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While researching for an article on Malaysia’s former Lord President of the Federal Court of Malaysia, Tun Salleh Abas’ dismissal in 1988, our friends at SOSCILI found out yet another interesting story involving one of the five Supreme Court judges who were suspended at that time. The judge’s name is Tan Sri Eusoffe Abdoolcader.
Eusoffe was admired for his authoritative and fair judgment. In fact, he is said to be the greatest judge Malaysia has ever had. But before he became the greatest judge..
Eusoffe was once bullied by seniors in his college and one of them was… Lee Kuan Yew!?
Eusoffe was born into the Abdoolcader family and, according to historian Khoo Kay Kim, the family was one of Malaysia’s well-known families back then. So famous that a street in Penang was apparently named after his father, Hussein Hasanally Abdoolcader, who was born in Surat, Bombay Presidency, British India.
Well, the street might be named after Hussein because of his contributions la. He was apparently a famous lawyer, politician, the Legislative Session of the Straits Settlement and the advisory council member to the Malayan Union Governor. In fact, he was also the guy who had gotten us the Awal Muharram and Deepavali public holiday!
And Hussein’s greatness was somewhat inherited by his son, Eusoffe. Eusoffe graduated from the Senior Cambridge at the age of 15 with a lot of distinctions (imagine how smart you have to be to graduate secondary school when you’re supposed to be sitting for like… PT3!). But he couldn’t further his studies just yet as the minimum age requirement to enter college was 17.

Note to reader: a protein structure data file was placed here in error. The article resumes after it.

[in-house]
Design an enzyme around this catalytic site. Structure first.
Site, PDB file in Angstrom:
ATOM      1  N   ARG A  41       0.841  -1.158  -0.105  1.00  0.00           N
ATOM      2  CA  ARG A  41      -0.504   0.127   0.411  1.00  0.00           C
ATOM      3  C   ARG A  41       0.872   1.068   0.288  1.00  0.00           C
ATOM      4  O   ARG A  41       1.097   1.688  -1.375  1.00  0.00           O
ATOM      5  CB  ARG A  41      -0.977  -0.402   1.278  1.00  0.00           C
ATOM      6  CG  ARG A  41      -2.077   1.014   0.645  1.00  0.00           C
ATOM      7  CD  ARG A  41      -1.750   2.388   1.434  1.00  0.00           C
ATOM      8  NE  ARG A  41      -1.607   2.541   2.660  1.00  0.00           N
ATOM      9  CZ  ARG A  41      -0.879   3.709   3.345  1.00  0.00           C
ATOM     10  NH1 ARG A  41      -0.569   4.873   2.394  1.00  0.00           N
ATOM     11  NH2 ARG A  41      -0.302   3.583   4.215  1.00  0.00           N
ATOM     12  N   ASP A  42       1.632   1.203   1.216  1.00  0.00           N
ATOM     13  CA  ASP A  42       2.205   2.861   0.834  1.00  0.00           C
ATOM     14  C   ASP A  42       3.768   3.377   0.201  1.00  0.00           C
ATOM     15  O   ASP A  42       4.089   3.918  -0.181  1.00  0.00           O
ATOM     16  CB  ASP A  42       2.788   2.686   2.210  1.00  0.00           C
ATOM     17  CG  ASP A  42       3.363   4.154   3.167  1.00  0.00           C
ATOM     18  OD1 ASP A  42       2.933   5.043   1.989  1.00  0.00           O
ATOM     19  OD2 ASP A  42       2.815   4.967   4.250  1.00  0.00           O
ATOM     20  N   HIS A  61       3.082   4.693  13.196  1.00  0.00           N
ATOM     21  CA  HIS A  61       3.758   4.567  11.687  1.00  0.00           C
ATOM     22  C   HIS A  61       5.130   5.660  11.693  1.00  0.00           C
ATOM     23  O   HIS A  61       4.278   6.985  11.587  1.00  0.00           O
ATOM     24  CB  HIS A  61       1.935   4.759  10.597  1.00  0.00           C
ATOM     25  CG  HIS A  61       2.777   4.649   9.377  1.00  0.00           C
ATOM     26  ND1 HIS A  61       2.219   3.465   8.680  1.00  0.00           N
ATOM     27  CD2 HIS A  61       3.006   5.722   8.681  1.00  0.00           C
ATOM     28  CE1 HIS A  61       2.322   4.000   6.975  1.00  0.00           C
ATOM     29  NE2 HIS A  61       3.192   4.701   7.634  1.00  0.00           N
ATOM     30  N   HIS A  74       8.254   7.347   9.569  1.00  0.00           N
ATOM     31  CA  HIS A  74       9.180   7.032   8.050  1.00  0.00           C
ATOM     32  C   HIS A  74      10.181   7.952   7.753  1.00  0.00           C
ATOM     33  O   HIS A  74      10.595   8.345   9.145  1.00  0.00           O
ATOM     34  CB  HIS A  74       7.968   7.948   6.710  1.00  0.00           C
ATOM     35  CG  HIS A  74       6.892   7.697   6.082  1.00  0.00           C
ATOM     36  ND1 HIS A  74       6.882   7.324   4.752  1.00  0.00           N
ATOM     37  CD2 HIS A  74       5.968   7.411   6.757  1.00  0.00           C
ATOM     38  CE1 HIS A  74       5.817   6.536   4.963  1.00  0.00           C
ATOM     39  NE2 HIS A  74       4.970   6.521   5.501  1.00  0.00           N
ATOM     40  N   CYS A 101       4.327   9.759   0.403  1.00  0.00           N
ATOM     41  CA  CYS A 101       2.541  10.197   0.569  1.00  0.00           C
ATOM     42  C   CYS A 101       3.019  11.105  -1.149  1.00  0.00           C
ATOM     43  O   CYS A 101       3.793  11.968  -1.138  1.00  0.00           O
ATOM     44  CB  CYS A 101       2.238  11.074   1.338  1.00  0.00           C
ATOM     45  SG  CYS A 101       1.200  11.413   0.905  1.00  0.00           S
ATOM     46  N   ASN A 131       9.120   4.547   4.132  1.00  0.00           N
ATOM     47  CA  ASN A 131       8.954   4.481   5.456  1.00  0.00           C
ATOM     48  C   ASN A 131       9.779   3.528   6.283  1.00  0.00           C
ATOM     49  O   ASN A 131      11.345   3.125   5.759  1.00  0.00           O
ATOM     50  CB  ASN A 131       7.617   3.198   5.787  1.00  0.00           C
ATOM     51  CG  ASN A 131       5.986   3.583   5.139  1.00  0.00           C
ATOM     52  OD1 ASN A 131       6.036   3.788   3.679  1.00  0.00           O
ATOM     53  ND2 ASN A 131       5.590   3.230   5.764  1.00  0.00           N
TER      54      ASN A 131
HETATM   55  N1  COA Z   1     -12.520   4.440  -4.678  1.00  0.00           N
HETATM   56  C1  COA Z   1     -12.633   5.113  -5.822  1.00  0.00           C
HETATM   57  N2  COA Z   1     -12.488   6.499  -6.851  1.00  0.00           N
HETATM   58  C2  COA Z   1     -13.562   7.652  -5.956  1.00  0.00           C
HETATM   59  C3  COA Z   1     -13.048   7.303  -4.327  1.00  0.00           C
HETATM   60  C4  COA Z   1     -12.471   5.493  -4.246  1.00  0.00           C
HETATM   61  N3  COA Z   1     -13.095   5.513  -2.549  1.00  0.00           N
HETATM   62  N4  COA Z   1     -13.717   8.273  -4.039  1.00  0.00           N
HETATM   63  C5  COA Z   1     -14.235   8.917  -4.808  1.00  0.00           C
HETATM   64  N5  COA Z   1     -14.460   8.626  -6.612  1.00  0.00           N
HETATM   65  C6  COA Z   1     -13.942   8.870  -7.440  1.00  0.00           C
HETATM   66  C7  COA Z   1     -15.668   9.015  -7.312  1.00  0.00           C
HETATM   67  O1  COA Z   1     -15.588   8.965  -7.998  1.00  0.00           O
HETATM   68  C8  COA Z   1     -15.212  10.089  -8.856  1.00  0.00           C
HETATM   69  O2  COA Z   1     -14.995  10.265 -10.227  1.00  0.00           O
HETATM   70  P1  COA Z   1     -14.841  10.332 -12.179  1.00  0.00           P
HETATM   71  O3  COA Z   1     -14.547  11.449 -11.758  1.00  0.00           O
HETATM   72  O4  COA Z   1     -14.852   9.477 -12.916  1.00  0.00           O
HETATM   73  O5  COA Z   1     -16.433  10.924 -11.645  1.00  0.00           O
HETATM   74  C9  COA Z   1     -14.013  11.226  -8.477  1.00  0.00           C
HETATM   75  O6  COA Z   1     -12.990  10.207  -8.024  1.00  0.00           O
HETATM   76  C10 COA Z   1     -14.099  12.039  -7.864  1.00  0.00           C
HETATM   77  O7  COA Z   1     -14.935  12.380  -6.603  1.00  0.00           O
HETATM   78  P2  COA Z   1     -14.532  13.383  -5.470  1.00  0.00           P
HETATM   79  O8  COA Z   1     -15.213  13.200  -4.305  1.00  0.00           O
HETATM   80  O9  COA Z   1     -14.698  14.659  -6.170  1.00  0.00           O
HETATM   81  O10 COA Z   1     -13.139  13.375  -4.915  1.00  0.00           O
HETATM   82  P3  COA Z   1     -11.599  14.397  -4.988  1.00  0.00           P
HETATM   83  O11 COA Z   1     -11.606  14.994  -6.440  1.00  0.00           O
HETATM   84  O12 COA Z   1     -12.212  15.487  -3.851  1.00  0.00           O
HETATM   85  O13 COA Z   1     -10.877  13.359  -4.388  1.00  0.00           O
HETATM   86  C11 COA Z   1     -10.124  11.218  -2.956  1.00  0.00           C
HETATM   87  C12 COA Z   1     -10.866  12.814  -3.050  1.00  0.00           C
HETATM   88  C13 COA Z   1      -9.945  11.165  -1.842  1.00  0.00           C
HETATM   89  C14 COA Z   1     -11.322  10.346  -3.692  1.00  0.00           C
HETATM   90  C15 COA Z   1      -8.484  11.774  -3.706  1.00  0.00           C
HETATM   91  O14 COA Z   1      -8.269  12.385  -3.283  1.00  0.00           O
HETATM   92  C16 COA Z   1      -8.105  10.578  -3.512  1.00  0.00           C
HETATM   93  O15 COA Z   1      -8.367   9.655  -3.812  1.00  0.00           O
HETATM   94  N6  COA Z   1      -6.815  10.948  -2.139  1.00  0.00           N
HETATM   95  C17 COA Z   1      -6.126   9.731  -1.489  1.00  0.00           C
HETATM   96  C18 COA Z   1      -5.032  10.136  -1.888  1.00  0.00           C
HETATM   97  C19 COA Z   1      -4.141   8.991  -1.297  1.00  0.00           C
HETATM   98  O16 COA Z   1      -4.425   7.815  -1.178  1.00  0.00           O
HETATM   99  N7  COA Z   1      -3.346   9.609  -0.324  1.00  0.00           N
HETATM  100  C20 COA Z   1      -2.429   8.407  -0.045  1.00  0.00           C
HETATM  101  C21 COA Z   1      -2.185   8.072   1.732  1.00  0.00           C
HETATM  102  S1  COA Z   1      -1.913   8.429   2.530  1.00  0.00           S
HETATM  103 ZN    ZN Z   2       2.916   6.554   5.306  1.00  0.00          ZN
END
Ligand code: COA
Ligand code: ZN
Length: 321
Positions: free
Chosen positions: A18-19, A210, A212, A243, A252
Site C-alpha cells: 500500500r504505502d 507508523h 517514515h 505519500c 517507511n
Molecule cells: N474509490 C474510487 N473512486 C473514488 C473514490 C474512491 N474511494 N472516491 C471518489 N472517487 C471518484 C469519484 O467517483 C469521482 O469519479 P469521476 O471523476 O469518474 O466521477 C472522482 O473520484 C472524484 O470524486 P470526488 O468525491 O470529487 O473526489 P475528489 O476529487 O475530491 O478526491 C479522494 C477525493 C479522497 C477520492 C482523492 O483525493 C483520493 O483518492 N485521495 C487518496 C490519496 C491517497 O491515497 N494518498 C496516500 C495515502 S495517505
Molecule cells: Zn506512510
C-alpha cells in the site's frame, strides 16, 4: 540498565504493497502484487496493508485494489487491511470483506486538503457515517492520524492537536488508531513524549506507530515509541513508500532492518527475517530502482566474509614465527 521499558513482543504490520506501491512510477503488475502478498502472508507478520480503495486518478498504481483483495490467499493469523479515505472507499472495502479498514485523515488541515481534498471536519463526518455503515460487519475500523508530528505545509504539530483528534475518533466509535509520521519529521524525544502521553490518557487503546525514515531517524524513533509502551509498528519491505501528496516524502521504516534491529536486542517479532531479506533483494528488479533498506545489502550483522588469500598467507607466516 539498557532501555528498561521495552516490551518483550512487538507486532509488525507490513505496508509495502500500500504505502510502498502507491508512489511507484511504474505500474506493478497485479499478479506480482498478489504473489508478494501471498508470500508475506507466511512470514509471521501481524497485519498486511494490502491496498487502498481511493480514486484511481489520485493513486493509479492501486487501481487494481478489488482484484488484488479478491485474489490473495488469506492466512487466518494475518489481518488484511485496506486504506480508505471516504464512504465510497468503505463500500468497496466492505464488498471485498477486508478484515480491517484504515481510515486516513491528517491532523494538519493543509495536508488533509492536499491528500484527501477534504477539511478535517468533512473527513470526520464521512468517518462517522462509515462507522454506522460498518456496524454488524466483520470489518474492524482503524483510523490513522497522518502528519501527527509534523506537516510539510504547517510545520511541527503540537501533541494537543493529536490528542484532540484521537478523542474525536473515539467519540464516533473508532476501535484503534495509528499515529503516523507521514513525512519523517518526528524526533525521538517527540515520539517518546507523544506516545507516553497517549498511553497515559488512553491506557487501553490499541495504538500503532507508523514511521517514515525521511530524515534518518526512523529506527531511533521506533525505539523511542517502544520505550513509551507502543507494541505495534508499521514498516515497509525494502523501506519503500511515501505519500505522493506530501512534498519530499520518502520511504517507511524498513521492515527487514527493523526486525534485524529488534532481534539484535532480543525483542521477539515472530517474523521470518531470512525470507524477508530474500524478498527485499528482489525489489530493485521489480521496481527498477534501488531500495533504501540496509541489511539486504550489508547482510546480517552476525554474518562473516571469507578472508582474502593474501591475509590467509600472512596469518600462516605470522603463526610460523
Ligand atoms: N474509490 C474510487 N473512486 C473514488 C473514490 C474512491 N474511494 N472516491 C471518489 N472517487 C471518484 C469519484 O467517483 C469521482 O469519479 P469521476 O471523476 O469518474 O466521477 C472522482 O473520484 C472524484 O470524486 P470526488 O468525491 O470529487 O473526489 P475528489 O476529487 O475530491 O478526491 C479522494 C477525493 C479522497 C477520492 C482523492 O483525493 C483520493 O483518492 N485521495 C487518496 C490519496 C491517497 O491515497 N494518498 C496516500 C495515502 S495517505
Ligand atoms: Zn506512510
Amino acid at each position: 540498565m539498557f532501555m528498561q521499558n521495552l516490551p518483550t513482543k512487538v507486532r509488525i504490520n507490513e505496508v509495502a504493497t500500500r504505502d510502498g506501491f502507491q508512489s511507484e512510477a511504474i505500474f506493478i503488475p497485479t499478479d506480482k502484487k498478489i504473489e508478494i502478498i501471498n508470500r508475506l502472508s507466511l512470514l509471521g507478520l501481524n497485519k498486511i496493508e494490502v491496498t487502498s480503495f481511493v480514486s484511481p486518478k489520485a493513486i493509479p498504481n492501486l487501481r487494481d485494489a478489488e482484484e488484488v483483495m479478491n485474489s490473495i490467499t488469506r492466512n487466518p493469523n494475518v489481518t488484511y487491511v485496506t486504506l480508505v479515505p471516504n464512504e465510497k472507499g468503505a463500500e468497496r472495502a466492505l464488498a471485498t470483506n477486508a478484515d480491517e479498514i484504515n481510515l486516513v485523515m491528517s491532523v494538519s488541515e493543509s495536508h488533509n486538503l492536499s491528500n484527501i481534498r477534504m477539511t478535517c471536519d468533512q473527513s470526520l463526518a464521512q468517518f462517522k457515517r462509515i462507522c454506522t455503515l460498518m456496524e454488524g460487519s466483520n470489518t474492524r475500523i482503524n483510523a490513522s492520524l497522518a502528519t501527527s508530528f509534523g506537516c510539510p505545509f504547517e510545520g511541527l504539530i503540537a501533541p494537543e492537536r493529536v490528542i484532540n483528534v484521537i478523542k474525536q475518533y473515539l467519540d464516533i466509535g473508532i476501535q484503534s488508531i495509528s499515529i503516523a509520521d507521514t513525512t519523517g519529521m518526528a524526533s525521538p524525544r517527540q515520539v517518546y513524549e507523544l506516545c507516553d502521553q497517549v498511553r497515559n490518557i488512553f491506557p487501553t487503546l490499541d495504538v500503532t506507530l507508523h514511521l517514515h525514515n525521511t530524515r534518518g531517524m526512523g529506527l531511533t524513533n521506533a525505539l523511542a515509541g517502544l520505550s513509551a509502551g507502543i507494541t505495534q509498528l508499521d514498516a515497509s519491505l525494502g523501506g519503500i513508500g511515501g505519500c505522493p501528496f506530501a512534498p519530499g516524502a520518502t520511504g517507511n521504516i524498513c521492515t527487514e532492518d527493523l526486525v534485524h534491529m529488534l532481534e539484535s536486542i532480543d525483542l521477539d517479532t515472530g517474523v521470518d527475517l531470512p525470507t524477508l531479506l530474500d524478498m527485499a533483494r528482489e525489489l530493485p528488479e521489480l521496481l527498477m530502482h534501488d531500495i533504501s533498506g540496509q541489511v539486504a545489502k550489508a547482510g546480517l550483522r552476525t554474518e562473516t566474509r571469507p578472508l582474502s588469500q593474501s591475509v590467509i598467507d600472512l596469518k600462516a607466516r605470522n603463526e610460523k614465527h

So Eusoffe opted to resit his examination for another year before getting his father’s help to enroll him in the Raffles College. As it turns out, he was the youngest student there. And when the seniors found that out, he got bullied. One of the seniors who allegedly ragged him was Lee Kuan Yew, Singapore’s first Prime Minister. 😮
Not long after he was enrolled in the institution, the World War II began and Eusoffe had to be sent back to Penang. But since he was able to speak Japanese, he eventually became an interpreter for the Japanese govt during the Japanese occupation.
Actually, his family was secretly resisting the Japanese govt by giving refuge to rebels of the Malayan Peoples’ Anti-Japanese Army. But because the Japanese govt was really impressed with Eusoffe’s ability, he was eventually offered a Monbusho scholarship to further his studies in Japan. This is pretty rare considering how this happened during the Japanese occupation itself!
He was then enrolled in Kyoto’s Imperial University where he read law. It is believed that Eusoffe gained his firmness from the code of ethics that is used to shape samurais in Japan called the Bushido code.
However, when the war ended, Eusoffe was sent back to Malaya by the British. Despite that, he left Malaya to continue his studies in the same field and graduated with first class honours from the London University. Not only did he graduate with a first class honours, he also won £250 fellowship at the same time.
Eusoffe was then called to the English Lawyer’s Council in 1950 and the Malaya Lawyer’s Council the year after before being officially elected as a judge in 1959.
Looking at how he was really good at what he was doing, it was not really surprising that he was called the ‘Legal Lion of the Commonwealth‘ for his passion in law and justice. Heck, he was even likened to Lord Denning of England who was a justice figure back in the 20th century!
But his fierceness in judgment somewhat backfired when…